Indrayadi Gunardi, Nadia Salsabila Nurina, Marcia, Rahmi Amtha
Faculty of Dentistry, Trisakti University, Indonesia
Background: Nowadays, there is an increasing population of HIV patient in Indonesia. Prevention of HIV disease transmission is very important to reduce the numbers. Dentist's knowledge and attitude are two main component that may have a role in reducing and preventing the severity of HIV infection. No recent data is available about dentists' experience, knowledge and attitude towards HIV patient in West Jakarta Objective: to evaluate the dental profession's experience based on knowledge and attitude toward HIV patient in West Jakarta.
Method: A cross-sectional descriptive design study was conducted with 218 private practice dentists in West Jakarta. Their knowledge and attitude were assessed by validated questionnaire. Structured questionnaire was filled in under informed consent, consist of 20 questions to evaluate the dentist's knowledge, and 16 questions for attitude. Data was analysed by logistic regression.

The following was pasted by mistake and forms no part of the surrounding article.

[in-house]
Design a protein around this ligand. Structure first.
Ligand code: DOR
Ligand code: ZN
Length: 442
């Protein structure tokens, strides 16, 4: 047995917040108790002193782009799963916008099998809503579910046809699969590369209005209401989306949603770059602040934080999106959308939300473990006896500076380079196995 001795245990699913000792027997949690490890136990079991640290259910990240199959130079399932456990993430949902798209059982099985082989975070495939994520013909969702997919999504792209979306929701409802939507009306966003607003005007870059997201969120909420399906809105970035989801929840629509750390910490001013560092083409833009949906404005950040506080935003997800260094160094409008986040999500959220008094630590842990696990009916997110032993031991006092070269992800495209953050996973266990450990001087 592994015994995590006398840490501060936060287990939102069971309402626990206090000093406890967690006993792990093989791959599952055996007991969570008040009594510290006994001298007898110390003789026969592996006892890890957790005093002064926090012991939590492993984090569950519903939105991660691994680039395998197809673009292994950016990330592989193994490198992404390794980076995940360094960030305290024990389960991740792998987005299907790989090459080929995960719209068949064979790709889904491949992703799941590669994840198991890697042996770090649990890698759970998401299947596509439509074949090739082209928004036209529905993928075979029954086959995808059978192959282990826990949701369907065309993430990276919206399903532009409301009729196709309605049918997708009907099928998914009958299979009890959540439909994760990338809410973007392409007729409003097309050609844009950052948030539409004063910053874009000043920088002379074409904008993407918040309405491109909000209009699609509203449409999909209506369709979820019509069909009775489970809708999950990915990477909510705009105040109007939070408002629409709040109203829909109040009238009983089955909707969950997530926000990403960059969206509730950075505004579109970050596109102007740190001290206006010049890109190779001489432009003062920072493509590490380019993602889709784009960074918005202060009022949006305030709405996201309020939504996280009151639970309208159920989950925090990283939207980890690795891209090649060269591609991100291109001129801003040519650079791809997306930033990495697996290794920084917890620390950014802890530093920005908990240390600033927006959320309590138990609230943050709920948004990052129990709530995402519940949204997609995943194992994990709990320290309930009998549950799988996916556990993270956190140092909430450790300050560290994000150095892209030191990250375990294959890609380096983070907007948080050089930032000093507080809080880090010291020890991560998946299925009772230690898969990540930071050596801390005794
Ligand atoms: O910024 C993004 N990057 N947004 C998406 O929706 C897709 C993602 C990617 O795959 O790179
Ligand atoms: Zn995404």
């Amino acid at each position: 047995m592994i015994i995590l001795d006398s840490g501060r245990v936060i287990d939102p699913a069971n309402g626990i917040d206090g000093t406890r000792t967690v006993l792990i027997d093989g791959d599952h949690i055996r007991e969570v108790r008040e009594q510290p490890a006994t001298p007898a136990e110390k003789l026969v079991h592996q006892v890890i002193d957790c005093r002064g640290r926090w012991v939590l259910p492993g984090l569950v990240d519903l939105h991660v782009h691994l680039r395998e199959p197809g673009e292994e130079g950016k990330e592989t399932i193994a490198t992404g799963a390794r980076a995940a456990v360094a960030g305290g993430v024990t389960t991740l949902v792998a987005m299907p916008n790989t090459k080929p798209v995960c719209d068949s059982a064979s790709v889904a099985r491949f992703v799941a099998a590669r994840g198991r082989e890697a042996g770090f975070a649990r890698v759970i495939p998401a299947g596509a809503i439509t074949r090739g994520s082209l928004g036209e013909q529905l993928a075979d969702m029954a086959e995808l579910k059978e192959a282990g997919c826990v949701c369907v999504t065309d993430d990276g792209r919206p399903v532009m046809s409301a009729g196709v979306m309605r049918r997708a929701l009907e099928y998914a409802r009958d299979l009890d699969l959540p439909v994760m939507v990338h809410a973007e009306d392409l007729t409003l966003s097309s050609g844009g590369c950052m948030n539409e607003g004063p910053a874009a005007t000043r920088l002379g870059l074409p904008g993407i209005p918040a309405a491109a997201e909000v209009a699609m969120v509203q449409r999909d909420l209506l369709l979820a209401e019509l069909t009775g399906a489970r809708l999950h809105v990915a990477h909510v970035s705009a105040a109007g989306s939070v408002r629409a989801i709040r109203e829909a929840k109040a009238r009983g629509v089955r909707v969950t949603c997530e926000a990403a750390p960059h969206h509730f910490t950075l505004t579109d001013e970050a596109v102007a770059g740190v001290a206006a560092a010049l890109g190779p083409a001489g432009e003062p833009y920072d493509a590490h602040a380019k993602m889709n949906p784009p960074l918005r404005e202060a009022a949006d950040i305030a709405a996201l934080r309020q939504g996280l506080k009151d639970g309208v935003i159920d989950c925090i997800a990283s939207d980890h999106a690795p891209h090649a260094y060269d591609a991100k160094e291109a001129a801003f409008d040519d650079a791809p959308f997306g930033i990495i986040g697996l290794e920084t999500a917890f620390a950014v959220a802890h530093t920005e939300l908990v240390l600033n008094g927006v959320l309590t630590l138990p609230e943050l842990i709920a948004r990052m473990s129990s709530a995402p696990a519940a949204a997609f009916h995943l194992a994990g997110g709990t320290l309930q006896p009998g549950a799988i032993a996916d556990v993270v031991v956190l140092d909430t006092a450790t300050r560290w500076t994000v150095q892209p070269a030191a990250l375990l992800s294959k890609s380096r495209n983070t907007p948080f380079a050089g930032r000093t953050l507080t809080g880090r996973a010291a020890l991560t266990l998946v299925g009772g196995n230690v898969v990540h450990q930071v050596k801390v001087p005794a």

Result: Good knowledge about HIV patient was found in 127 (58.25%) respondents and a good attitude was displayed by 124 (56.88%) respondents. Data analysis showed that only duration of dental practice (P<.00) less than 1 year served as an independent risk factor for good knowledge and good attitude (P<.00; P<.05) respectively, towards HIV patients. Age, gender, a history of knowing people living with HIV and a history of body contact with an HIV patient were not associated with knowledge and attitude (P>.05). Assuming that a newly graduated dentist (less than 1 year) has retained some knowledge, which could impact on their attitude towards HIV patient in dental practice. Continuing dental education should be introduced regularly to refresh and reinforce a positive attitude to patients living with HIV.
Conclusion: Dentists with less than one year's experience in practice, had the best knowledge and attitude towards treating HIV patient in West Jakarta.
Keyword: dentist, experience, knowledge, attitude, HIV